7th National Indigenous Young Leaders Congress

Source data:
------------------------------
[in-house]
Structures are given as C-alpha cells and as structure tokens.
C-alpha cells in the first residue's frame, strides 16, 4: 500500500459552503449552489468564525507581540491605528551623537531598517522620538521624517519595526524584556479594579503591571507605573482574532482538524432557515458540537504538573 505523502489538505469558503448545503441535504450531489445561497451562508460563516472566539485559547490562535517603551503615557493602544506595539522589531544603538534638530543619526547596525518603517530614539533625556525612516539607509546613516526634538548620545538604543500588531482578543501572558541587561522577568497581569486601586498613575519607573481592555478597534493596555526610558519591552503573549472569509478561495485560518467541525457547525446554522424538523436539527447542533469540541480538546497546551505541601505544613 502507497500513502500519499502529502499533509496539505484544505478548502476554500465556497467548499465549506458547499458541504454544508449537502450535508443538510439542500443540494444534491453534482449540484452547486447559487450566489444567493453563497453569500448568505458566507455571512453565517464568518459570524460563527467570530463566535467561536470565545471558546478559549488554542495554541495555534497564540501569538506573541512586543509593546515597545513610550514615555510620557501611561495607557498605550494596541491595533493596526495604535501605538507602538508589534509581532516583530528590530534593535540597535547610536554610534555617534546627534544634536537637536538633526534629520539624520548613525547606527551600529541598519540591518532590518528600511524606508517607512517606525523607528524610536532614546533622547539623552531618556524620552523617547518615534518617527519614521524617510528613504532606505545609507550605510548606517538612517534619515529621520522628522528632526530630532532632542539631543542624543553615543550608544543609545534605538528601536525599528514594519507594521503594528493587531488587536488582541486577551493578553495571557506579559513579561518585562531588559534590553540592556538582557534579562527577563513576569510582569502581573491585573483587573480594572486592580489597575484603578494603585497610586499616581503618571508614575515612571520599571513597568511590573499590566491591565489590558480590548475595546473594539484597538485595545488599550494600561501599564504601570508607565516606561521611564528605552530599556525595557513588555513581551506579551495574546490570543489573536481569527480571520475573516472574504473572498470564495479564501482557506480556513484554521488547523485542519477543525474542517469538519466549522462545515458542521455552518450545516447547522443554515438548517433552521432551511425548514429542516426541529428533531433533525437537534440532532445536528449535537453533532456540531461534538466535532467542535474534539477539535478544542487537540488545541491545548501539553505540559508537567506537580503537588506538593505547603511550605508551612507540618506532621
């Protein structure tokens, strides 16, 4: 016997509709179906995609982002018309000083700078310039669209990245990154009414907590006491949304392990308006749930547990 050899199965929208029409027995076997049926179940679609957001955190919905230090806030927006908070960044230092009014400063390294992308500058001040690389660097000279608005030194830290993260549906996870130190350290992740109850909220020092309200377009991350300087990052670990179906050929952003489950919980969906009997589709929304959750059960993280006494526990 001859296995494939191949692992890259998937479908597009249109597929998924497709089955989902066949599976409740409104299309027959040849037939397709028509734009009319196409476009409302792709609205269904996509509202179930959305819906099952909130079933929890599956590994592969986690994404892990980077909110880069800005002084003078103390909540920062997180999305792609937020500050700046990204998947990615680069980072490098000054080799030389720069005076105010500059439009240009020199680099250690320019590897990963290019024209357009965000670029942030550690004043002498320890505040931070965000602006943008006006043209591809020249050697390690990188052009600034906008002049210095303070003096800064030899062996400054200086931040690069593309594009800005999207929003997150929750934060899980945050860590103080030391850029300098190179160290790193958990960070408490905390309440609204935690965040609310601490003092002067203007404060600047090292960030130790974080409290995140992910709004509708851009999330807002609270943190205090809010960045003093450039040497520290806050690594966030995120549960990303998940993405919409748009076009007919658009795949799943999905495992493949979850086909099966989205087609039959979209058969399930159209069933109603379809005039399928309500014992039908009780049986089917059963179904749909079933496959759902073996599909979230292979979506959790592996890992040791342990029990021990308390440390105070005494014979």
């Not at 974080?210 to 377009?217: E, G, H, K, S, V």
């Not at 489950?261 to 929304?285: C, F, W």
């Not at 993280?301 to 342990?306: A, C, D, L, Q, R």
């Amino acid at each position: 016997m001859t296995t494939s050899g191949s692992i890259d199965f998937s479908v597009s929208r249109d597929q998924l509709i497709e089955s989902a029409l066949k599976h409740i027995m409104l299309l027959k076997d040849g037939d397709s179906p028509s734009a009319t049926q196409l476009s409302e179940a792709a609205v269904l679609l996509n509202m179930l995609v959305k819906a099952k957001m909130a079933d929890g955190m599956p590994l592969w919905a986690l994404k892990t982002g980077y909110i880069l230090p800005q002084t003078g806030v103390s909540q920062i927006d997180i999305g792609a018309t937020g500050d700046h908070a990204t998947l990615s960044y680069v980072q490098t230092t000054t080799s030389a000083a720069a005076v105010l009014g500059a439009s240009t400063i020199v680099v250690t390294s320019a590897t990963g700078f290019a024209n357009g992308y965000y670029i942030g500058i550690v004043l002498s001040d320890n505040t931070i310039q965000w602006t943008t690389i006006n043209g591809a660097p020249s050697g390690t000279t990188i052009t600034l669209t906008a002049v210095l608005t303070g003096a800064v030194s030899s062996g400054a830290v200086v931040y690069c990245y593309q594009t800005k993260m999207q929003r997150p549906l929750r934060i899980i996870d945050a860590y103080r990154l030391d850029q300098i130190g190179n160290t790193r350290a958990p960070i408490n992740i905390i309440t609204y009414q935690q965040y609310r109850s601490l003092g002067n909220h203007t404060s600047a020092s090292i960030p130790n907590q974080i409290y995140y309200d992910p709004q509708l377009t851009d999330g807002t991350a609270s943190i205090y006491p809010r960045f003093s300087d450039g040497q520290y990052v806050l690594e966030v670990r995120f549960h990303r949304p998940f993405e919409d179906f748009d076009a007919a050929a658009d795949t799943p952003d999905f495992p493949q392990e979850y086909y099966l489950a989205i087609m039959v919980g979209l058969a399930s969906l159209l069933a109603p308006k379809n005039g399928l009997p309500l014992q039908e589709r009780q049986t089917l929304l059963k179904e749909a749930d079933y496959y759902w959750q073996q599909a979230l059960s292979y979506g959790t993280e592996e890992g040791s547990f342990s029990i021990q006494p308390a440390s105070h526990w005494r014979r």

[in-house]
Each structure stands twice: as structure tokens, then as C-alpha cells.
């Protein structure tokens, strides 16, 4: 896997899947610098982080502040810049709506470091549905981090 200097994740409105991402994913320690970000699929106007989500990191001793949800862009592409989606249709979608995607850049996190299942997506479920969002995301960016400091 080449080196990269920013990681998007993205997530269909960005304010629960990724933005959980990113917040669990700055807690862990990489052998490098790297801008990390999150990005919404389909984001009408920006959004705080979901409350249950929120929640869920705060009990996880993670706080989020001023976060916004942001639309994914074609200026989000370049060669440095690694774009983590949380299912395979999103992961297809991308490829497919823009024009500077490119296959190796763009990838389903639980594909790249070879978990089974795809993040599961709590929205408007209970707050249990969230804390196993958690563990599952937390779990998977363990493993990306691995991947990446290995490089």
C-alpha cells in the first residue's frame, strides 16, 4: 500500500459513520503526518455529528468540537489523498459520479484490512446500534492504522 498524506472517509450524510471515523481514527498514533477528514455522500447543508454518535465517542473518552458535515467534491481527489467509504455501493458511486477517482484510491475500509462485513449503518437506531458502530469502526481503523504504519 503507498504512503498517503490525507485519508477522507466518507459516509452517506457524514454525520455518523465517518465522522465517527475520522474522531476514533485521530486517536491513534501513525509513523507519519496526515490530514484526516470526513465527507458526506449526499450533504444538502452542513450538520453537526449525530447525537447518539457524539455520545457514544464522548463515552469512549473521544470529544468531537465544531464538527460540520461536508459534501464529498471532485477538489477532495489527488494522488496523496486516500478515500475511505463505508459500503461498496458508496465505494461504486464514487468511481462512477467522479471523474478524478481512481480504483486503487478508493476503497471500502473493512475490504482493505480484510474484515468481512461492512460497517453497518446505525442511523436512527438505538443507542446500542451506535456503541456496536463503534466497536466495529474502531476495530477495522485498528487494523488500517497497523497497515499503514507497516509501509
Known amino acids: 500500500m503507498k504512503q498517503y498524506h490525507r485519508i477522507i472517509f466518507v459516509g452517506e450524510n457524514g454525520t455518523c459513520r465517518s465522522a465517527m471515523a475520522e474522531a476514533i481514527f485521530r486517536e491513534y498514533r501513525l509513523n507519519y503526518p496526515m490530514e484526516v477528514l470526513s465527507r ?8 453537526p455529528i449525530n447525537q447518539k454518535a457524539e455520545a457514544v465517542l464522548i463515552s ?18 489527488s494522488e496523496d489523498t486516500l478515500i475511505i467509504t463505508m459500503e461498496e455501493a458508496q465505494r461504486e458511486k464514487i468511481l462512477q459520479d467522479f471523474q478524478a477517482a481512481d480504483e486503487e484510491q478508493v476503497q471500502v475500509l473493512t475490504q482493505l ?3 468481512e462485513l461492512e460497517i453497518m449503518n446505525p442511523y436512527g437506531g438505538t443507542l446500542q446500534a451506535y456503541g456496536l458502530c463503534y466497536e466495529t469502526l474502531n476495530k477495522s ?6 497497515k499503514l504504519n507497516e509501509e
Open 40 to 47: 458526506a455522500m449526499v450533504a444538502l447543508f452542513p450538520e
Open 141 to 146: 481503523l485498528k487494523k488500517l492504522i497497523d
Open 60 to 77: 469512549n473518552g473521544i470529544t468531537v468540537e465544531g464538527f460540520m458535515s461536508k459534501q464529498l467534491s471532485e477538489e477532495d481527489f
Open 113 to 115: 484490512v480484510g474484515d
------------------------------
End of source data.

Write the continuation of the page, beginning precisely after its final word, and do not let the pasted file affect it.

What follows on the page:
basis for creating the program on indigenous education. 12. Developing and implementing a “Value-based and Culturesensitive Curriculum” that promotes the history, freedom and rights of indigenous peoples as well as their values, traditions and indigenous knowledge. This includes the conduct of evaluation and assessment that is suited to the context of indigenous peoples. 13. Teaching in the lower grades using the students’ mother tongue pursuant to the DepEd Memorandum on Mother Tongue Based Multi-Lingual Education (MTB-MLE). Strengthening the confidence of indigenous learners and their capacity to participate in student organizations and other venues of leadership and service, and the continuing promotion of their rights. 14. Establishing a program of formation and training for the recognition and owning of their own uniqueness and culture. 15. Encouraging and supporting indigenous youth in forming IP Youth Organizations in universities and schools. 16. Fostering the participation and leadership of indigenous learners in the Student Council and other organizations both inside and outside the school. 17. Setting up mechanisms to protect and promote the rights of indigenous learners and youth. Building decent and accessible school facilities with adequate and appropriate learning materials so that all indigenous learners may have an opportunity to study. 18. Establishing schools even in the most isolated communities after conducting thorough research on the needs and resources of the communities in ensuring their sustainability. 19. Providing learning materials that are adequate and appropriate for the culture and context of indigenous learners. Ensuring that indigenous knowledge, systems and practices are fostered and passed on faithfully to present and future generations. 20. Creating a “Board for the Promotion of Culture” in every school which shall be composed of elders and leaders in the community, teachers, students and other stakeholders who will spearhead in the promotion of their indigenous culture. 21. Celebrating the rituals and other indigenous traditions with the involvement of the students and the youth. 22. Promulgating a DepEd Order that calendars and mandates the celebration of the month of October as Indigenous Peoples Month in all educational institutions and in all levels as well as the organization of activities aimed at widening and deepening awareness and recognition of indigenous peoples, their freedom, culture and rights as well as the issues and challenges that they continue to face. 23. Establishing an IKSP Corner or Heritage Center in all schools that cater to indigenous communities and continuing research to be conducted by the indigenous themselves. Capacitating indigenous peoples as partners in the management of indigenous education. 24. Organizing functional School Governance Councils in indigenous schools; even at the local government level. 25. Establishing local structures, mechanisms and legislation aimed at empowering and strengthening the vital role and responsibility of the community and other stakeholders (CSOs) as partners in the management of the program of indigenous education, whether mainstream or private. Allocating and sourcing funds to support the needs of Indigenous Education. 26. Allocating an appropriate budget from the General Fund (GAA) of DepEd for Indigenous Education and related research. 27. Obtaining an Ordinance from the DILG and local governments that an allocation for the support of Indigenous Education be included in the Municipal and Barangay Development and Investment Plans (CDP-ELA, AIP). Witnessing to our joint ownership of this statement and our personal commitment to being part of its fulfillment we hereby affix our signatures this 20th of October 2012 in Pamulaan Center for Indigenous Peoples Education, University of Southeastern Philippines, Mintal, Davao City.